All those things are backed by one of the most comprehensive criminal law systems, which the Bill does not touch. In the furthest corner of the world, there is a country with an English-speaking jurisdiction that allows no litigation in sporting cases—New Zealand. It, too, has extremely good safety standards, but those who do have a serious accident can apply for compensation from the Government. New Zealand's criminal law system is similar to ours, but the safety system is driven by the high quality and high morale of sports providers, which have developed over generations and are backed by the criminal law system—there is no need for a litigious environment. I do not seek to abolish litigation; the certificates would simply raise the bar—not to some unreasonable level, but to where it was a generation ago.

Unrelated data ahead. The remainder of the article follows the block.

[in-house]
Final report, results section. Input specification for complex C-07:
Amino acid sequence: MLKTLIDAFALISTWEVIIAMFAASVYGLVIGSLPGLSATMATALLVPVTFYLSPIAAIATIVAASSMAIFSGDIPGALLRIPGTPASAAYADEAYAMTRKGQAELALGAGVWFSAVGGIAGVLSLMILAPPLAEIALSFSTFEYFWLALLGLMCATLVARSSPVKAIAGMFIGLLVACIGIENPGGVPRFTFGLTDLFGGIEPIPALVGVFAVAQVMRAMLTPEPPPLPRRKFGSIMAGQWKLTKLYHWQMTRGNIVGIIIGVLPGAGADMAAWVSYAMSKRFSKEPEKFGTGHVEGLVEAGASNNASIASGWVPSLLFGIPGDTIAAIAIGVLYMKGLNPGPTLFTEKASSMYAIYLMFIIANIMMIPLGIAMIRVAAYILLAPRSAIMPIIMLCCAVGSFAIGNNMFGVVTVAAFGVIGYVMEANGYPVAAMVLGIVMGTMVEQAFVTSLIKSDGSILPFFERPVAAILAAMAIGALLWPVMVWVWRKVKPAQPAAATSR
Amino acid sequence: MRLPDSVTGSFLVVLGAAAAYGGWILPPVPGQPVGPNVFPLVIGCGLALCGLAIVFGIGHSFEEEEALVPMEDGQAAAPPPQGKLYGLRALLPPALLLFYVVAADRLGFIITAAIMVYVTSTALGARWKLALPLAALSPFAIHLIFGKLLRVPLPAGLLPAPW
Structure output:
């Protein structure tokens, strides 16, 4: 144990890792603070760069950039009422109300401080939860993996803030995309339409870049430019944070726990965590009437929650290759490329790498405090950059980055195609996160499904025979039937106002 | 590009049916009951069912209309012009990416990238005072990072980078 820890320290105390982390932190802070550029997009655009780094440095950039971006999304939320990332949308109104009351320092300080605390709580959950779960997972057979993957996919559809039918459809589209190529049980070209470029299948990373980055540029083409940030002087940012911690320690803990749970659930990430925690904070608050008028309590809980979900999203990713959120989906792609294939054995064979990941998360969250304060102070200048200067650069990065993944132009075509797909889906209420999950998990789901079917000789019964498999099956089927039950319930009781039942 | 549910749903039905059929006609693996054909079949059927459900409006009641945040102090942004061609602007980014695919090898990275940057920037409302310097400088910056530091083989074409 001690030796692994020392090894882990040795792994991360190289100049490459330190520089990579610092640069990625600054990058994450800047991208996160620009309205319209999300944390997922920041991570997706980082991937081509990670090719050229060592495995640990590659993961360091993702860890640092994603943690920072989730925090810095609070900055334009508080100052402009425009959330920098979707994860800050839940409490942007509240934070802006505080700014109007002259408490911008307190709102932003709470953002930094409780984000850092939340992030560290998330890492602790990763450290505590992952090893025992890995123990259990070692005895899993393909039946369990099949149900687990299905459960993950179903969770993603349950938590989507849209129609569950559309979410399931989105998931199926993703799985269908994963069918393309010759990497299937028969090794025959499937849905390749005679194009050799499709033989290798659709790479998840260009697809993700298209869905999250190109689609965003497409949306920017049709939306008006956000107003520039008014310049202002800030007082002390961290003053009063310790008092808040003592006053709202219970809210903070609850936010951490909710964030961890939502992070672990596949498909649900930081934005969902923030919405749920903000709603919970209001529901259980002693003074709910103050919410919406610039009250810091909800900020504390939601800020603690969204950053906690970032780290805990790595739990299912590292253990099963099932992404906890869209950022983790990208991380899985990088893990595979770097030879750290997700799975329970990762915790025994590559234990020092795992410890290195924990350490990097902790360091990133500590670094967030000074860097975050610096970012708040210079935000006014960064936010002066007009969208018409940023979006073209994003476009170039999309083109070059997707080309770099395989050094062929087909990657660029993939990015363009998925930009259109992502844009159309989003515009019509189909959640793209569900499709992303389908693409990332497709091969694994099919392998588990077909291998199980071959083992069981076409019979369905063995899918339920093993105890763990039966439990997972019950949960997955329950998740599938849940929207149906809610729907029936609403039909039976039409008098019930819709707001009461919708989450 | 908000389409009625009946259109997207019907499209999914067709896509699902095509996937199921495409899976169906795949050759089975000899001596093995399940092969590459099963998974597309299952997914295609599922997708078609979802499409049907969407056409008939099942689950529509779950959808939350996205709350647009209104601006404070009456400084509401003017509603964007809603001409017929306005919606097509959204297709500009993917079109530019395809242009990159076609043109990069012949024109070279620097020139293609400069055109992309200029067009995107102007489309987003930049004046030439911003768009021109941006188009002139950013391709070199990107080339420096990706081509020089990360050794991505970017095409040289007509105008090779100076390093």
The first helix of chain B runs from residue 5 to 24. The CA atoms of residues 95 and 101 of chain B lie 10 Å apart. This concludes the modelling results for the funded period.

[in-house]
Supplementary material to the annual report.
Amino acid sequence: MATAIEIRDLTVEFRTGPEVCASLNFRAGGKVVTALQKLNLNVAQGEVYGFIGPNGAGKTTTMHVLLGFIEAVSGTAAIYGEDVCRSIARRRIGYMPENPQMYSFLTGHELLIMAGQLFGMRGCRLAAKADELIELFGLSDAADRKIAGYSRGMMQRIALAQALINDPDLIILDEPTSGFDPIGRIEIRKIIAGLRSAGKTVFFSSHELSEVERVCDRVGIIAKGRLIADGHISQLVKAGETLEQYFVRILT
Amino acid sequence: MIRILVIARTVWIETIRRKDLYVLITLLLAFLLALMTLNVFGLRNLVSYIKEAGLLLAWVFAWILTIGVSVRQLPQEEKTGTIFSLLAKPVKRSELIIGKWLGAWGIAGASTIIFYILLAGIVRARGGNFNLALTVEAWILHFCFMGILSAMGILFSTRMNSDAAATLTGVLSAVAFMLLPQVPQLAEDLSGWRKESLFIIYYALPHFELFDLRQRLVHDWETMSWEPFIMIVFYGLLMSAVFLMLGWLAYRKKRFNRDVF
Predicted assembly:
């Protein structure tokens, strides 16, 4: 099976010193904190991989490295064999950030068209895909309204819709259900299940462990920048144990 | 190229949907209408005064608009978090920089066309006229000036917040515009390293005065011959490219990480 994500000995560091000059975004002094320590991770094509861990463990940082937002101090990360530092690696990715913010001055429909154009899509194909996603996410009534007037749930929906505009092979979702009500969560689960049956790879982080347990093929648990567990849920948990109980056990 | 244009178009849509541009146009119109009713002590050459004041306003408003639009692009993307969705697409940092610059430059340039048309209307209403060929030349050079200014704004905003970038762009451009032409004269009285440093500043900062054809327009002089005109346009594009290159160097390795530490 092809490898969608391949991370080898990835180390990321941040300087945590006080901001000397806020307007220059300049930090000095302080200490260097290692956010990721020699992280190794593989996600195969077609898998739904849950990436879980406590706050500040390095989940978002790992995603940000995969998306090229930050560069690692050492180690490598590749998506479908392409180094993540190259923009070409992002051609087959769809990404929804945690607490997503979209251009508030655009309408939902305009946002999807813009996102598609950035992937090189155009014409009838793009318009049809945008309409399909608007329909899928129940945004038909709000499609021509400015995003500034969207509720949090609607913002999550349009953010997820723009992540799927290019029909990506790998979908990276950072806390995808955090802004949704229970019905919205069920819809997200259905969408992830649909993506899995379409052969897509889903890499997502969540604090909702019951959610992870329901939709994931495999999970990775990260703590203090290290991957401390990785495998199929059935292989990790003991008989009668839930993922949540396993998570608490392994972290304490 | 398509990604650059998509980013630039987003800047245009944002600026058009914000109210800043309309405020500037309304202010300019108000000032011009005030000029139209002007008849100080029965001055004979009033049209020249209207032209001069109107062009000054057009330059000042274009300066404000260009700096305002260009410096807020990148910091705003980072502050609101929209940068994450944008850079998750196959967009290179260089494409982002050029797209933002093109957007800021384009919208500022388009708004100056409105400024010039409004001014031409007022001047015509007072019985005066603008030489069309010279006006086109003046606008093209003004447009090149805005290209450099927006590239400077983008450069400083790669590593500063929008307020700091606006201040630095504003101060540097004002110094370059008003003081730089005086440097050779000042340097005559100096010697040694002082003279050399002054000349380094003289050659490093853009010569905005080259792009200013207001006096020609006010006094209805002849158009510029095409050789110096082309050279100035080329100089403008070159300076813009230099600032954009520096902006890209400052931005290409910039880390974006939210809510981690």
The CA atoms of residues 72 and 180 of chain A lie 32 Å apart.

I was a little puzzled by the Minister's mention of a skiing case, and I am not sure that we are talking about the same one. The 16-year-old in the Woodbridge school case behaved outrageously on the skiing slope and twice had to be reproved. The Court of Appeal judgment, which was reached only after five years of expensive and difficult litigation, is so narrowly drawn that it does not offer much hope. The kayak case was, I think, settled out of court for a substantial sum. I shall not describe the events again, but everything turned on the fact that two youngsters deliberately disobeyed an instruction that they had been given by a volunteer who had been posted at a difficult point on the waterway for precisely that purpose. He told them not to overtake, but they did so two minutes later,